Mac's films included Charlie's Angels and Transformers
George Clooney has led tributes to US comedian Bernie Mac, who died in hospital on Saturday, aged 50.
"The world just got a little less funny," said the star, who appeared with Mac in the Ocean's Eleven series.
"This is a very sad day for many of us who knew and loved Bernie," added Don Cheadle, another Ocean's co-star, "but heaven just got funnier."
Mac, who starred in his own TV show as well as a number of Hollywood films, died of complications from pneumonia.
The Chicago-born comedian, whose real name was Bernard Jeffrey McCullough, was admitted to hospital on 1 August.
But his death surprised many, as he had reportedly been responding well to treatment.
Comedian Carl Reiner said he was "in utter shock" because he thought his friend's condition had been improving.
"He was just so alive. I can't believe he's gone," he added.
"I feel blessed to have shared years of friendship with Bernie Mac," said Samuel L Jackson, who recently completed filming musical comedy Soul Men with the star.
The comedian spent years as a stand-up before breaking into Hollywood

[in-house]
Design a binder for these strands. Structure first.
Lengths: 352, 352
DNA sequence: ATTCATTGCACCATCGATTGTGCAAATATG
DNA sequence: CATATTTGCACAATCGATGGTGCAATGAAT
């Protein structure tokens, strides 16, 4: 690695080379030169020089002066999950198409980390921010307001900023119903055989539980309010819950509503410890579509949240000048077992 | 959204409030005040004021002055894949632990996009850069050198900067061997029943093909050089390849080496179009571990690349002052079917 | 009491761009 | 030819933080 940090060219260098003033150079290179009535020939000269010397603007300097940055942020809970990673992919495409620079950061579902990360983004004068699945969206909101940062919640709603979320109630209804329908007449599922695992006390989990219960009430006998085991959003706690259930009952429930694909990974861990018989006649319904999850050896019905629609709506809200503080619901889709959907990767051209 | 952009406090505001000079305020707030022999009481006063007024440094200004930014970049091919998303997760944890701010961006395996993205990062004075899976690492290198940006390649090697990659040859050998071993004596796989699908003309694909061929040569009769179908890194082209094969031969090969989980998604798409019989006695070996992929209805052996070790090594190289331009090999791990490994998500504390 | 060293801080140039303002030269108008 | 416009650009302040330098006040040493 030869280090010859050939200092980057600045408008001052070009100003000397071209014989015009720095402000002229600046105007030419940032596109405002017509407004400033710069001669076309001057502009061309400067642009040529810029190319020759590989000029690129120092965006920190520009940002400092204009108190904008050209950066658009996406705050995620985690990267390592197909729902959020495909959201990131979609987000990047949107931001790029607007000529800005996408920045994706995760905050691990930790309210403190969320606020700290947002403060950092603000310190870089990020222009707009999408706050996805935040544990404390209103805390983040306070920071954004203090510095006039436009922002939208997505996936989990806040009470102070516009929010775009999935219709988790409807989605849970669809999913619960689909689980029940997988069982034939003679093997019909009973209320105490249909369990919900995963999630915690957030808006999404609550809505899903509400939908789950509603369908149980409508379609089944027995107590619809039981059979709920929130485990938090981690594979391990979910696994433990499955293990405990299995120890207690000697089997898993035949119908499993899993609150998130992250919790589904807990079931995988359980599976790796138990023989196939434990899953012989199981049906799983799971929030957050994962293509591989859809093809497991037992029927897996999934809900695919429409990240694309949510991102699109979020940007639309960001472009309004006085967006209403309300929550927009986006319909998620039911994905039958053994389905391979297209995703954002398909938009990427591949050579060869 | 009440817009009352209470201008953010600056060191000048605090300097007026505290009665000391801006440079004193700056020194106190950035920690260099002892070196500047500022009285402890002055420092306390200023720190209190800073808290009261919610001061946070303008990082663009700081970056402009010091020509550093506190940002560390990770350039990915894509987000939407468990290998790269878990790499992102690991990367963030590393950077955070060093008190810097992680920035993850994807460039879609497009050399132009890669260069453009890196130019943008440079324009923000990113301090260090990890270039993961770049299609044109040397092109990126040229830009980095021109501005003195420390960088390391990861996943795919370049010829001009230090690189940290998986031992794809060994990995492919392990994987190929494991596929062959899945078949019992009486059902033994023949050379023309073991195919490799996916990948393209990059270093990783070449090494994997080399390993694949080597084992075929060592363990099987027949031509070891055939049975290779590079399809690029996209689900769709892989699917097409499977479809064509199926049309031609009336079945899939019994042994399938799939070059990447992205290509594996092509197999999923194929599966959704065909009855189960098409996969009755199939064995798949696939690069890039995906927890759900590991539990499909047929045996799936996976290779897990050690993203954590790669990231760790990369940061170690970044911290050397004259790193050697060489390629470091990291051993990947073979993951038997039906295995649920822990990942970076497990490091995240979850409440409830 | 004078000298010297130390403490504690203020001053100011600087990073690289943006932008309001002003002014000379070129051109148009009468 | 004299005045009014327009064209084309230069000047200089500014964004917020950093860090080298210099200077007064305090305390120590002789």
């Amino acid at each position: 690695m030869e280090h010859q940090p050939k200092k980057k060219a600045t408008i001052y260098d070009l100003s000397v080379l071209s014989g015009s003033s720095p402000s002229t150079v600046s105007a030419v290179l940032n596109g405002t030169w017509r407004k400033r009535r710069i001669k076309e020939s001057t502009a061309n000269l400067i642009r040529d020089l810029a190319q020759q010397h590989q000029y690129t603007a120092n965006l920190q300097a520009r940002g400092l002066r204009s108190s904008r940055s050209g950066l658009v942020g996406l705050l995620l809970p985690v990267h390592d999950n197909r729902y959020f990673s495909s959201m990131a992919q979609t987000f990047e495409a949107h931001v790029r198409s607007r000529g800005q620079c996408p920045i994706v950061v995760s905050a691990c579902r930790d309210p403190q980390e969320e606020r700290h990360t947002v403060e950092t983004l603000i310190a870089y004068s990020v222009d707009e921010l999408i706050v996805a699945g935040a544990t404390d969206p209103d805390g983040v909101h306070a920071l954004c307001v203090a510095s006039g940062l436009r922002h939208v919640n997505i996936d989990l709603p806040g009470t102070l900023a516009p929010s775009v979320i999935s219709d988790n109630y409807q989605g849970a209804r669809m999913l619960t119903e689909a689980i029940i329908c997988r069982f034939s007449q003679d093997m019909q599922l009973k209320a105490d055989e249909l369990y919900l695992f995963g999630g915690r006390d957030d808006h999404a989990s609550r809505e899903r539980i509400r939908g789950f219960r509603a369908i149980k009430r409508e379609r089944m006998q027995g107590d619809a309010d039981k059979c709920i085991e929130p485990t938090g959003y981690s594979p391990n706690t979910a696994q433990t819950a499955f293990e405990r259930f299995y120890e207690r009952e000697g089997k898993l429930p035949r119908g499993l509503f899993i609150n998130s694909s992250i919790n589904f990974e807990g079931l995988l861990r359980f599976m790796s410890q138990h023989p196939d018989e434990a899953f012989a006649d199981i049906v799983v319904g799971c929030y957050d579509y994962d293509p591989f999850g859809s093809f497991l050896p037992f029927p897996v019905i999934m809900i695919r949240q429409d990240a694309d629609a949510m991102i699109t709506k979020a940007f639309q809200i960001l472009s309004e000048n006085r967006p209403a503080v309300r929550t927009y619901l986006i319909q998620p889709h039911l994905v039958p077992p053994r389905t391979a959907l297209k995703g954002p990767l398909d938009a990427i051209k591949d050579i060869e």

"My sincere prayer is that his family will be comforted by the warmth of love from all of us who knew and respected this man."
Mac's larger-than-life comedy persona was informed by his impoverished childhood in Chicago and honed by years on the stand-up circuit.
He made his first film appearance in the Damon Wayans movie Mo' Money in 1992, but achieved mainstream success as part of the Kings of Comedy tour and TV special in 1997.
A recurring role in sitcom Moesha led to his own eponymous TV show, which picked up several Emmy and Golden Globe nominations - and won the comedian a Peabody Award for excellence in television.
Married for more than 30 years, Mac largely eschewed Hollywood, choosing to live in Chicago.
He is survived by his wife, Rhonda, a daughter and a granddaughter.